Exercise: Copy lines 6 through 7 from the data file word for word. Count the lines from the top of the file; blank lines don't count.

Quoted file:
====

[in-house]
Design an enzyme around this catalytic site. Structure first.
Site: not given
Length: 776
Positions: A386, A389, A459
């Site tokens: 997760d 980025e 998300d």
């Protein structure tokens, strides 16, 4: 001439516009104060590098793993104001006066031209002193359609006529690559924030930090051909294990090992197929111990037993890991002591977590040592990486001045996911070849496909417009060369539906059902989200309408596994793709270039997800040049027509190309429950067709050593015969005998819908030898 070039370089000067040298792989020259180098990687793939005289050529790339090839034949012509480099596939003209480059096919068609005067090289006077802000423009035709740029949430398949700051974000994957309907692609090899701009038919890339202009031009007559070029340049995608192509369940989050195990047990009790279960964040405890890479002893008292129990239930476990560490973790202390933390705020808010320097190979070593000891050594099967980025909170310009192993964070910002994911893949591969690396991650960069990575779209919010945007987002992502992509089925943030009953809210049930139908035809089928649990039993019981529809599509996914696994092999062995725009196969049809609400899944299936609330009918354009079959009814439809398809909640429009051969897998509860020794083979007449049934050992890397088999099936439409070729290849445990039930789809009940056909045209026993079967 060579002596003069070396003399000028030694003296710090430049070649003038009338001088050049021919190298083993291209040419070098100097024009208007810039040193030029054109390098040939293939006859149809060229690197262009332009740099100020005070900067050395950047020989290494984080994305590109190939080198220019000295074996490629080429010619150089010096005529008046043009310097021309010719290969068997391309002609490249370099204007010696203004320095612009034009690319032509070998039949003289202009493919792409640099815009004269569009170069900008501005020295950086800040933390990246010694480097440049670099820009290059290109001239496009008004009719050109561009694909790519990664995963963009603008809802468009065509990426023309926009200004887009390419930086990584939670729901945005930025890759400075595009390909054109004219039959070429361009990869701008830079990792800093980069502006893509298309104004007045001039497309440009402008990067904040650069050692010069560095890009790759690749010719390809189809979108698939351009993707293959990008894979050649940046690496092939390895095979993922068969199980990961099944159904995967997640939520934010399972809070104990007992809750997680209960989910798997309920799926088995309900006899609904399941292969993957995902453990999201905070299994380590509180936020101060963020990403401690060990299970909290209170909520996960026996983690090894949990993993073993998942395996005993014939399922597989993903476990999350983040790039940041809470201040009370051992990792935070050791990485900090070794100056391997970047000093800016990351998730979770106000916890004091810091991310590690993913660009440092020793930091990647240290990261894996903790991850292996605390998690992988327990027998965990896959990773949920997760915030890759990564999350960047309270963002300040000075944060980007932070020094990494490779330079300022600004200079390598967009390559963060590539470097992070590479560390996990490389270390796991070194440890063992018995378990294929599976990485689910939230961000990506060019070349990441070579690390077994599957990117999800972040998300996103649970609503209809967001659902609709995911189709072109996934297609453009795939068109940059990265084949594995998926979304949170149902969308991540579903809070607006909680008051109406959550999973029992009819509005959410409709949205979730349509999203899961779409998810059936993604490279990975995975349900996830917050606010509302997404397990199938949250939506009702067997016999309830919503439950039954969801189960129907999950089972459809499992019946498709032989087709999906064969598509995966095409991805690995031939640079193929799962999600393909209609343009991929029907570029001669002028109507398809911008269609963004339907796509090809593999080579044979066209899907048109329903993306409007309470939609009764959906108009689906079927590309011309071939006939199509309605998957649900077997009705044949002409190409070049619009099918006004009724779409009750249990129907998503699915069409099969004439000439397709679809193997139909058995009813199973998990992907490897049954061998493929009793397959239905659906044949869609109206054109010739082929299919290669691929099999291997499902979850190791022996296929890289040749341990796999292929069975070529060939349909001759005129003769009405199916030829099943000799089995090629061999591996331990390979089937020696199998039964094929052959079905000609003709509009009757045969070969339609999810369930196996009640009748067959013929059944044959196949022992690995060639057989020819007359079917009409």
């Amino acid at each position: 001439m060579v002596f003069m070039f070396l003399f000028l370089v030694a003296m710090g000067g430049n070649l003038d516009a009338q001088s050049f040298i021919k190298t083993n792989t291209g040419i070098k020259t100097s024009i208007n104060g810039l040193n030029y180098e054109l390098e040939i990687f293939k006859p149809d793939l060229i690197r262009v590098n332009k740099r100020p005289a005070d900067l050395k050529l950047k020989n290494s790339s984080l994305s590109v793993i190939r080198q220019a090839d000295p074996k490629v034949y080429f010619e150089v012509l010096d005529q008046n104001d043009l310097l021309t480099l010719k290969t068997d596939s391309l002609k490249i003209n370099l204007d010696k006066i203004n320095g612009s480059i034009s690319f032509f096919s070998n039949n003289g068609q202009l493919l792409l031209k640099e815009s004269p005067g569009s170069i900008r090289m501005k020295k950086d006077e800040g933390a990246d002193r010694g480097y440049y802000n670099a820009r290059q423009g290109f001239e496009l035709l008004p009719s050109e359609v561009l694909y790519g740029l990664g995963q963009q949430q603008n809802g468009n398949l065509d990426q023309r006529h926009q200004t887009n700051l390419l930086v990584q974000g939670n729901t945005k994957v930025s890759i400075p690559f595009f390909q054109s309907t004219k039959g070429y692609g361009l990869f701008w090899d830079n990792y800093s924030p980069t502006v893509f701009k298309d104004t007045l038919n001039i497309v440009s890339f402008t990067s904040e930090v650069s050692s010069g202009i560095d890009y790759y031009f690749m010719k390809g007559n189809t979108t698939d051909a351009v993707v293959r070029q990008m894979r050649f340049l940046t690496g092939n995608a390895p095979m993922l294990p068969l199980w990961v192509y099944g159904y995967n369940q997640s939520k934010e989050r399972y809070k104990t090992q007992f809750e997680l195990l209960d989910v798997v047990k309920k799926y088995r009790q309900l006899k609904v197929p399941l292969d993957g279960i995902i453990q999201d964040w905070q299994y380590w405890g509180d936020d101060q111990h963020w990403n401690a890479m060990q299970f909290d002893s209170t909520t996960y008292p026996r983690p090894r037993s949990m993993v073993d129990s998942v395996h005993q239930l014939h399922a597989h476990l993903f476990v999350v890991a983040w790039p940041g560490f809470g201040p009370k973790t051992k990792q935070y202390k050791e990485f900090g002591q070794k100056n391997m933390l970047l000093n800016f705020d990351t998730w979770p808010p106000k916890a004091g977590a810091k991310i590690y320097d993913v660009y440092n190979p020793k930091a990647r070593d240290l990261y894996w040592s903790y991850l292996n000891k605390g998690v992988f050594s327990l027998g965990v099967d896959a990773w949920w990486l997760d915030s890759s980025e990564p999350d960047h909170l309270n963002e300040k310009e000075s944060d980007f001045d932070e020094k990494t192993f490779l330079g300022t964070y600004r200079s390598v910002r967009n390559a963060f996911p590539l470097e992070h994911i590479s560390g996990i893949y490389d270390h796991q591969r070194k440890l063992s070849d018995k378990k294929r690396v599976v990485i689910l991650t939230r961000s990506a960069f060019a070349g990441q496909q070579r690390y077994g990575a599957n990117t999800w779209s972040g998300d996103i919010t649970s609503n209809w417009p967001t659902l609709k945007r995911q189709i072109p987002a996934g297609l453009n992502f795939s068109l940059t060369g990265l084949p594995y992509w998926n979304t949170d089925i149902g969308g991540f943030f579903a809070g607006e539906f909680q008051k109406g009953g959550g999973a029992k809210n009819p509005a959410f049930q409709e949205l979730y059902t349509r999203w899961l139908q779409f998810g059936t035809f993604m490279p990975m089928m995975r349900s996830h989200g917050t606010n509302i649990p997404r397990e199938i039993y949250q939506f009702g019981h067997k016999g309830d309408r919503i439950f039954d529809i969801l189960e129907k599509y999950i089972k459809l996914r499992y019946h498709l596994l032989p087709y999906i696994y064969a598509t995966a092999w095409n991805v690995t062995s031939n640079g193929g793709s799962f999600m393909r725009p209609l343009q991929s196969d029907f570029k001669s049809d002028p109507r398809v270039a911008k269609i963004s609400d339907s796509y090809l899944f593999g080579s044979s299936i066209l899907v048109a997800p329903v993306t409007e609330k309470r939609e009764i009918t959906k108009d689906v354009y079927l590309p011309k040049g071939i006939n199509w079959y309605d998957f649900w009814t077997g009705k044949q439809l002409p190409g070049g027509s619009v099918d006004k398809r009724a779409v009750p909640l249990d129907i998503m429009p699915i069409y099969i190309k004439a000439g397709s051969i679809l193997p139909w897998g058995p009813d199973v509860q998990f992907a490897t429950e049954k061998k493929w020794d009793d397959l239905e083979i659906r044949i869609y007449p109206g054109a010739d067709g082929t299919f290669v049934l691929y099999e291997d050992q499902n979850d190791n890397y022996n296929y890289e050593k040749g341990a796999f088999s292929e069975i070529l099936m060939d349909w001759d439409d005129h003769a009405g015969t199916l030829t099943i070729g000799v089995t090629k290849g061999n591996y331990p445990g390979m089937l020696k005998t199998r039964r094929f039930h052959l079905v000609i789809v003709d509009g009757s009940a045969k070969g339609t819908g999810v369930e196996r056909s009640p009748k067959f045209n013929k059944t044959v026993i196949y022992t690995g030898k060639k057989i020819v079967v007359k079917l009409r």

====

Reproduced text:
């Site tokens: 997760d 980025e 998300d």
């Protein structure tokens, strides 16, 4: 001439516009104060590098793993104001006066031209002193359609006529690559924030930090051909294990090992197929111990037993890991002591977590040592990486001045996911070849496909417009060369539906059902989200309408596994793709270039997800040049027509190309429950067709050593015969005998819908030898 070039370089000067040298792989020259180098990687793939005289050529790339090839034949012509480099596939003209480059096919068609005067090289006077802000423009035709740029949430398949700051974000994957309907692609090899701009038919890339202009031009007559070029340049995608192509369940989050195990047990009790279960964040405890890479002893008292129990239930476990560490973790202390933390705020808010320097190979070593000891050594099967980025909170310009192993964070910002994911893949591969690396991650960069990575779209919010945007987002992502992509089925943030009953809210049930139908035809089928649990039993019981529809599509996914696994092999062995725009196969049809609400899944299936609330009918354009079959009814439809398809909640429009051969897998509860020794083979007449049934050992890397088999099936439409070729290849445990039930789809009940056909045209026993079967 060579002596003069070396003399000028030694003296710090430049070649003038009338001088050049021919190298083993291209040419070098100097024009208007810039040193030029054109390098040939293939006859149809060229690197262009332009740099100020005070900067050395950047020989290494984080994305590109190939080198220019000295074996490629080429010619150089010096005529008046043009310097021309010719290969068997391309002609490249370099204007010696203004320095612009034009690319032509070998039949003289202009493919792409640099815009004269569009170069900008501005020295950086800040933390990246010694480097440049670099820009290059290109001239496009008004009719050109561009694909790519990664995963963009603008809802468009065509990426023309926009200004887009390419930086990584939670729901945005930025890759400075595009390909054109004219039959070429361009990869701008830079990792800093980069502006893509298309104004007045001039497309440009402008990067904040650069050692010069560095890009790759690749010719390809189809979108698939351009993707293959990008894979050649940046690496092939390895095979993922068969199980990961099944159904995967997640939520934010399972809070104990007992809750997680209960989910798997309920799926088995309900006899609904399941292969993957995902453990999201905070299994380590509180936020101060963020990403401690060990299970909290209170909520996960026996983690090894949990993993073993998942395996005993014939399922597989993903476990999350983040790039940041809470201040009370051992990792935070050791990485900090070794100056391997970047000093800016990351998730979770106000916890004091810091991310590690993913660009440092020793930091990647240290990261894996903790991850292996605390998690992988327990027998965990896959990773949920997760915030890759990564999350960047309270963002300040000075944060980007932070020094990494490779330079300022600004200079390598967009390559963060590539470097992070590479560390996990490389270390796991070194440890063992018995378990294929599976990485689910939230961000990506060019070349990441070579690390077994599957990117999800972040998300996103649970609503209809967001659902609709995911189709072109996934297609453009795939068109940059990265084949594995998926979304949170149902969308991540579903809070607006909680008051109406959550999973029992009819509005959410409709949205979730349509999203899961779409998810059936993604490279990975995975349900996830917050606010509302997404397990199938949250939506009702067997016999309830919503439950039954969801189960129907999950089972459809499992019946498709032989087709999906064969598509995966095409991805690995031939640079193929799962999600393909209609343009991929029907570029001669002028109507398809911008269609963004339907796509090809593999080579044979066209899907048109329903993306409007309470939609009764959906108009689906079927590309011309071939006939199509309605998957649900077997009705044949002409190409070049619009099918006004009724779409009750249990129907998503699915069409099969004439000439397709679809193997139909058995009813199973998990992907490897049954061998493929009793397959239905659906044949869609109206054109010739082929299919290669691929099999291997499902979850190791022996296929890289040749341990796999292929069975070529060939349909001759005129003769009405199916030829099943000799089995090629061999591996331990390979089937020696199998039964094929052959079905000609003709509009009757045969070969339609999810369930196996009640009748067959013929059944044959196949022992690995060639057989020819007359079917009409």